Architectural Kudo 

Cheekwood stables become stage for contemporary art

Cheekwood stables become stage for contemporary art

To the average Nashvillian, Cheekwood is a stern, stone mansion that sits on a high hill like a flinty dowager, surrounded by grounds as green as freshly printed money.

But nestled on the northern slope is a red brick complex whose current renovation and expansion into the $3 million Frist Learning Center may soften that image.

Those who have never signed up for a studio art class may be unaware that there is a red brick side to Cheekwood. Designed in 1929 as quarters for the Cheek family’s fleet of cars and horses, chauffeurs and grooms, the utilitarian stables were deliberately hidden from the meandering drive that carried the chosen few to the big house. Architect Bryant Fleming knew well that the nouveau riches Cheeks wanted to create the impression that they had risen effortlessly, without the aid of horsepower, to their position of prominence. Fleming’s blueprint for the stables relaxed the formal, neo-Georgian language of the mansion into a neo-colonial vocabulary of simple arches and stepped parapets. Architectural ornament was restricted to the occasional gargoyle and the cupola on the roof. The scale is cozy rather than imposing, a little touch of Williamsburg in the Harpeth Hills.

With the conversion of the estate into the Cheekwood Fine Arts Center in 1960, the stable complex became an institutional catch-all. The education department set up its studios in the garages. The horse barn evolved into storage space: props for the Swan Ball, Trees of Christmas, and the Antiques & Garden show mingled with mowing machines and tractors.

By 1995, when Cheekwood administrators began contemplating a new master plan for the site, the stables were in danger of crumbling down the hill. “It was not just a question of renovating them, but of saving them,” says president Jane Jerry.

Graham Gund Architects of Cambridge designed a salvation plan that joins the two masonry buildings into a “U” by means of a glass atrium. This area serves as an interactive orientation center—touch screen computers will tell you all you ever wanted to know about art and gardens—while providing a transparent membrane between a new brick courtyard and the gardens and sculpture trail beyond. A new parking lot at the base of the hill provides direct access to pottery, painting, and drawing studios lit by optimum northern light.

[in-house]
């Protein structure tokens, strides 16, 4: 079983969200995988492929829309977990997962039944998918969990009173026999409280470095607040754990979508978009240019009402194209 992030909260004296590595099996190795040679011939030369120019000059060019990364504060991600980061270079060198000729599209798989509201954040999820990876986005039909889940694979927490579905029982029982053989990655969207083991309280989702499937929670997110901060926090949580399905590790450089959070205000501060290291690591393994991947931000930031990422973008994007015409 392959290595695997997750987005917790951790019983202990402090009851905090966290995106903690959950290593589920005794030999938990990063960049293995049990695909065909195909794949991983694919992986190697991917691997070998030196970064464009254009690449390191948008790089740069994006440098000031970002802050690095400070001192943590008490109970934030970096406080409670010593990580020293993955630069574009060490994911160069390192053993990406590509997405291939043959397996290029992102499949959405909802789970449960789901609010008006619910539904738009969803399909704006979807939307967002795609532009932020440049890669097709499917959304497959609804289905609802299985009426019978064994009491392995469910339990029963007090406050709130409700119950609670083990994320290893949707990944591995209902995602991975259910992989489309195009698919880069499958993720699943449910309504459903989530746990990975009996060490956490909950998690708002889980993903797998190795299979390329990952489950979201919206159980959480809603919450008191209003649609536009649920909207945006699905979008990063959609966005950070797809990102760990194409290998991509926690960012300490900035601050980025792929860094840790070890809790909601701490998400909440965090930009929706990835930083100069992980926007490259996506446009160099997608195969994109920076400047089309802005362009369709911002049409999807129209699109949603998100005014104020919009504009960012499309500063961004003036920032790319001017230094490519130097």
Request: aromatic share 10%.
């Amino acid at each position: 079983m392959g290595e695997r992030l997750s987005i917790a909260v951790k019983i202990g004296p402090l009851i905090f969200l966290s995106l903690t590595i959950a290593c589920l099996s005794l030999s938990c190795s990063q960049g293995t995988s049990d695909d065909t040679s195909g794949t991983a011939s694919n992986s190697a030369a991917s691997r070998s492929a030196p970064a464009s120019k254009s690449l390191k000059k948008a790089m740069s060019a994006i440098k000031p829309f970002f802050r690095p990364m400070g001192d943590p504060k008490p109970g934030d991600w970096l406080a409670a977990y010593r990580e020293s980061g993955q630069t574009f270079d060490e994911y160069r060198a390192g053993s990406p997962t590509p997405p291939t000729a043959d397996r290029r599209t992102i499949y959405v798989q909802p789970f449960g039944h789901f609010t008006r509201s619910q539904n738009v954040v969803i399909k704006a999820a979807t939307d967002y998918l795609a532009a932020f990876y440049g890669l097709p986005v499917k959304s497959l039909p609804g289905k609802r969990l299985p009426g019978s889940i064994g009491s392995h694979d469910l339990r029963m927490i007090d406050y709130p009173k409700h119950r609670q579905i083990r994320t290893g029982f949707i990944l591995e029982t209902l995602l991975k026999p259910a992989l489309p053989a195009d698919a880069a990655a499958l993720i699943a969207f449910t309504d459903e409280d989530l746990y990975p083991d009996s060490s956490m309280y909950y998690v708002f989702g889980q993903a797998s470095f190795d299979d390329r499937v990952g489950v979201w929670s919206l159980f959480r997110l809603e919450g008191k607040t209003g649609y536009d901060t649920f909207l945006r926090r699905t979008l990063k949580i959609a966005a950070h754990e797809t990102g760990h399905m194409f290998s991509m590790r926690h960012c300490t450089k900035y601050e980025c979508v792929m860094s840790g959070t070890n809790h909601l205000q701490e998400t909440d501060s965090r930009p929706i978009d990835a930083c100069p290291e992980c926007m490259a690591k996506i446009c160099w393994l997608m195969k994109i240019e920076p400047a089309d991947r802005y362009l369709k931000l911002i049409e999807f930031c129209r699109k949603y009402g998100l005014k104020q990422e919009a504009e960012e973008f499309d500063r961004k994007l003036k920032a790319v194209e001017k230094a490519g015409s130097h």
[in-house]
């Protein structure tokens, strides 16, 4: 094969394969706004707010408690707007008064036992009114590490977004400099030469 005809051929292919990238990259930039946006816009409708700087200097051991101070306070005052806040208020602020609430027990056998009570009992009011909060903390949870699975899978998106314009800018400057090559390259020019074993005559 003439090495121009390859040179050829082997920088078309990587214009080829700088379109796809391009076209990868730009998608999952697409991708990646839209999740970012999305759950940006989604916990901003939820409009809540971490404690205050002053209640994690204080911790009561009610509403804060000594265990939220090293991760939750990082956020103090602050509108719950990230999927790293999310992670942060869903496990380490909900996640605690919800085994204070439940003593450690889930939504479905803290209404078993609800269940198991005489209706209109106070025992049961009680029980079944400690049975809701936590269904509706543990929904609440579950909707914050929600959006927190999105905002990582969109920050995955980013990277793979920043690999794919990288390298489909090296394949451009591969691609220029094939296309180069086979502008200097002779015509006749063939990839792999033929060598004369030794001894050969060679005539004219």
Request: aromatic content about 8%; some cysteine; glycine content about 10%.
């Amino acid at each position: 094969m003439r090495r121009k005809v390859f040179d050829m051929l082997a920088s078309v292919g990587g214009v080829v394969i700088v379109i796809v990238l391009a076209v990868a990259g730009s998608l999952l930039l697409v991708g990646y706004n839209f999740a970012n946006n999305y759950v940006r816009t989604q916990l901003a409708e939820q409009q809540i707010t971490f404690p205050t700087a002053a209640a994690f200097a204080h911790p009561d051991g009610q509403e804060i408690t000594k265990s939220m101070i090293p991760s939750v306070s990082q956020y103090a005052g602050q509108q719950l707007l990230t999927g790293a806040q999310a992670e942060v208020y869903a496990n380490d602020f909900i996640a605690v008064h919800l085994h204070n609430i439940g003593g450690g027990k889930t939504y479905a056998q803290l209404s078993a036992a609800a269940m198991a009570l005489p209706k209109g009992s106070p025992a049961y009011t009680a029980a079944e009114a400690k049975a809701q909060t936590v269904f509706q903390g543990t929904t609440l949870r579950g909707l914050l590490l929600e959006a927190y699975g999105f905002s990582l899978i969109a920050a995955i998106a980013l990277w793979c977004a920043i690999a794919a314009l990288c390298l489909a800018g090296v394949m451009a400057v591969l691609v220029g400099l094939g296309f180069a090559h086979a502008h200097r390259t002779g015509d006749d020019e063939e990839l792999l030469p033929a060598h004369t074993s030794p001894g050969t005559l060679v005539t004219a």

What is most significant about the renovation is the new public purpose for the old stables as Cheekwood’s contemporary art space. The former garages will display selections from the permanent collection, while the former carriage room will house the Temporary Contemporary series that features regional artists. What were once the box stalls for Huldah Cheek’s equine companions will contain site-specific installations with an emphasis on sound and light.

“Cheekwood has always satisfied 19th-century expectations about art—that it’s paintings and sculpture,” says museum director John Wetenhall. That traditional emphasis won’t change in the renovated mansion, which is currently getting a makeover for a July 1999 reopening. “The stables expand our capabilities in contemporary art, conceptually as well as physically,” Wetenhall explains.

The Frist Center’s one sour note is the lighting in the exhibit galleries. “Kitchens R Us” could have designed a better system. The track lighting does not rise above the standards found in subdivision spec housing. And the fluorescent toadstools scattered about the ceiling provide the kind of ambient illumination you’d expect in the generic meeting room of a church or school basement.

But the lighting can be replaced, and probably will be, according to Wetenhall. What is admirable about Cheekwood’s Frist Center is the creative respect shown for the original architecture. Gund’s firm preserved the existing pattern of stall, carriage, and garage doors. The wood-paneled tack room, where you can imagine the gentry downing a toddy in front of the fireplace after a long gallop, is still intact as an informal reception space. The architects concentrated new rest rooms and elevators in the addition, where they could do no damage to the old structure.

The museum staff has shrewdly manipulated what is an eccentric architectural envelope into a unique staging place for contemporary art. “The idea in designing the installations in the stables is that you can sample art rather than getting hit over the head with it,” says assistant curator Terri Smith. “You step into a stall, experience the piece, and then back out into the courtyard. You don’t have to wander through a large gallery.”

Bryant Fleming originally designed the Cheek mansion and the stables as an echo of the architectural relationship between Mother England and its American colonies—formal and informal takes on a venerable tradition. The current Cheekwood team is to be congratulated for extending that relationship into the display of art.


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